Sardinian delicacies

The Italian food is the best food in the world, and every province boats of a range of delicacies that would make a randomly chosen country proud. In this context Sardinia is no gastronomic champion, and yet it also does possess some articles of culinary pride. I must say right away that the craziest Sardinian foods were nowhere to be found despite our best efforts. These are: 1. casu marzu, the maggot cheese which features live insect larvae that jump up from time to time to threaten your eyes as you eat; 2. the snails that are borrowed underground for half a year, become fashionably rancid and then eaten in this form; 3. the sea urchins that are added to pasta and eaten in season in fishermen’s traditional restaurants. As far as I understood, the maggot cheese is nowadays illegal – you can imagine all kinds of health norms that it breaks – and so you can only buy it from under the carpet. It would not stopped me most likely – but the occasion did not present itself. Some other exotic dishes were tried though!

This account of Sardinian food is in the traditional Italian order of serving, from antipasti to pasta and pizza to main dish to the dessert.

In a small place on a side street in Cagliari we noticed a chance to enjoy a selection of local specialities with a choice of local wines. For me of course the mushrooms topped the list. But also ricotta fume with plum marmalade was remarkable, as well as the thinly cut pork cheeks and wonderful Sardinian casizolu cheese. There are three main sorts of red wine in Sardinia – these are cannonau, monica and carignano. This particular glass is of cannonau.

One more choice of starters – this time this is in a restaurant in Sassari. The cheese cuts in front are of course pecorino – Sard speciality cheese from sheep milk. Delicious.

Time for some exotics. In another restaurant in Sassari we tried two different types of snails (out of three on the menu). All were different in size, taste and seasoning. Type number one:

Type number two. The snails tasted very tender, and yet as a food they are of course very heavy – I felt full satiation after this starter alone.

Another starter. Nothing could be simpler – just grilled cheese on some rye bread, and yet how good!

And under starters I would also mention the pistoccu bread. In Sardinia it is served everywhere to accompany the main dish. It has a particular taste, probably potatoes are added to it. This is of course a packaging from a supermarket.

Pasta and pizza
Along with mushrooms, avocado and endives, artichokes would surely rank as my favourite foods. A superb pizza with artichokes and bottarga (fish rye) – a Sardinian speciality:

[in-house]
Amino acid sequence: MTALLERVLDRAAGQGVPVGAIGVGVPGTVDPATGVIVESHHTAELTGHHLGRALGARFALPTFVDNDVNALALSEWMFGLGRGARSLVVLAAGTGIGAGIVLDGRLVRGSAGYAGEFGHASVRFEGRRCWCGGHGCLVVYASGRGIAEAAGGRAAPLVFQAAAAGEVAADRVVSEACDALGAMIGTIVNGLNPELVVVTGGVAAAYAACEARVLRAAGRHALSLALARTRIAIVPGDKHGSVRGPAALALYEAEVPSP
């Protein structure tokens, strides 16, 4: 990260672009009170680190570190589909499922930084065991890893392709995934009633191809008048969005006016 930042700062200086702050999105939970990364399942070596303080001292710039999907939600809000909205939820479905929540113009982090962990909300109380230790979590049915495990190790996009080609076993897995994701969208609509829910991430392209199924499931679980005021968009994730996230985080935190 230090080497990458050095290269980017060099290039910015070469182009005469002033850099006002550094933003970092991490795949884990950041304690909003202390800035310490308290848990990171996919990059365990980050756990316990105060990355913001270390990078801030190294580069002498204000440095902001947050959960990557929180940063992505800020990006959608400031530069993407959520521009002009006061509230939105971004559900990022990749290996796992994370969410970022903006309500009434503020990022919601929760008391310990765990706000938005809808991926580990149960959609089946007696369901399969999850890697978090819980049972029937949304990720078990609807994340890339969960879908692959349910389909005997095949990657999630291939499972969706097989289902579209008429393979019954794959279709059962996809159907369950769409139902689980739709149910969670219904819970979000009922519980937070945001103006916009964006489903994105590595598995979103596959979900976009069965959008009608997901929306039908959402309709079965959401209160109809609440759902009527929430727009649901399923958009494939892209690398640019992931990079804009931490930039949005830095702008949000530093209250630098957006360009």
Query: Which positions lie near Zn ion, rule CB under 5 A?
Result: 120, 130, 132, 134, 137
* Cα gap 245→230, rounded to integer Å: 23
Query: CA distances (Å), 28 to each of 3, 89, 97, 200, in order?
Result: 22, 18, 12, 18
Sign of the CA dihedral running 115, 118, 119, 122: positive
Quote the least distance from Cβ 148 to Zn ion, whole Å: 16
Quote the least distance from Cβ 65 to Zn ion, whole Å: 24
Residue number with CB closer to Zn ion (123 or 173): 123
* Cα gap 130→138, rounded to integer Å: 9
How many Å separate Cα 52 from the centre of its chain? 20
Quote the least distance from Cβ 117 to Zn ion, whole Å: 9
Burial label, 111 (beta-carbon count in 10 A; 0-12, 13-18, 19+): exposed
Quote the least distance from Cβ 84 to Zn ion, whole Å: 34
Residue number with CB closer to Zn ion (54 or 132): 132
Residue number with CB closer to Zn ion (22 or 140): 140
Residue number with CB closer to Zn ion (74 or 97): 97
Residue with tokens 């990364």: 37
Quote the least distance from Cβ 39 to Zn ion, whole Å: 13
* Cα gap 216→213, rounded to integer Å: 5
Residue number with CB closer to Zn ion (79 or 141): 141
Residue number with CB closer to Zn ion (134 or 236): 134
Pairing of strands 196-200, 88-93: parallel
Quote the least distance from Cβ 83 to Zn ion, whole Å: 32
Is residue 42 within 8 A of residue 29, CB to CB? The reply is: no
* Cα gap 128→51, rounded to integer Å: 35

Pizza in a small pizzeria in Alghero. Perhaps the tastiest pizza in my life. Tomatoes and mozzarella that seem like cheese clouds that float in the red sky. Fantastic.

Another Alghero pizza. On Sardinia they love adding the bitter-tasting radicchio vegetable to everything. This pizza also has salsiccia – spicy pork sausages.

This is no pizza, though it is offered along with pizzas in a Sassari pizzeria. This is fainè – a particular Sardinian dish, a local flatbread made from chickpea flour. This one is with mushrooms.

Tagliatelle with mushrooms and salted ricotta in Sassari.

Culurgiones – yet another Sard speciality. These are dumplings filled with ricotta and spinach. The sauce in this case is made of mushrooms and bacon.

A Sardinian speciality called fregola con arselle. Fregola is a kind of pasta that reminds of couscous in texture and of peas in taste. In Sardinia it is served traditionally with seafood.

As you would expect from an island, the fish is excellent everywhere. The simple grilled preparation is so good that we would ordered it again and again. This is spigola = sea bass.

What is this? Don’t faint. Yes, it’s horse meat. Very popular in Sardinia!

And this? Donkey! Even more popular, you see asinello on menus everywhere around the island. For me it was the first time to sample this particular delicacy.

Sardinian desserts are famous around Italy for their extreme sweetness.

I couldn’t eat more than one item out of this sort of threesome.

This is sebadas, a typical Sardinian dessert filled with cheese and covered with honey. Nothing to write home about.

And to finish – a special drink we drank at a hipster bar in Cagliari Old City. It’s called Alligator and was invented right in this bar, Libarium Nostrum. It’s a mixture of Drambuie and Calvados. Even boasts of a Facebook fan page! Not for the faint of heart.

One thought on “Sardinian delicacies

  1. LOL I’m an Aussie of Sardo descent and my Nonna told me that the Gnocchi in Sardinia is eiethr made from Semolina (Gnocchi alla Romana) or bran flour (Malloreddus AKA Gnocchi Sardi on the mainland).Although things might have changed there since the 1950 s/60 s.Still, great to see Kiwis being exposed to Italian food beyond Pizza and Pasta

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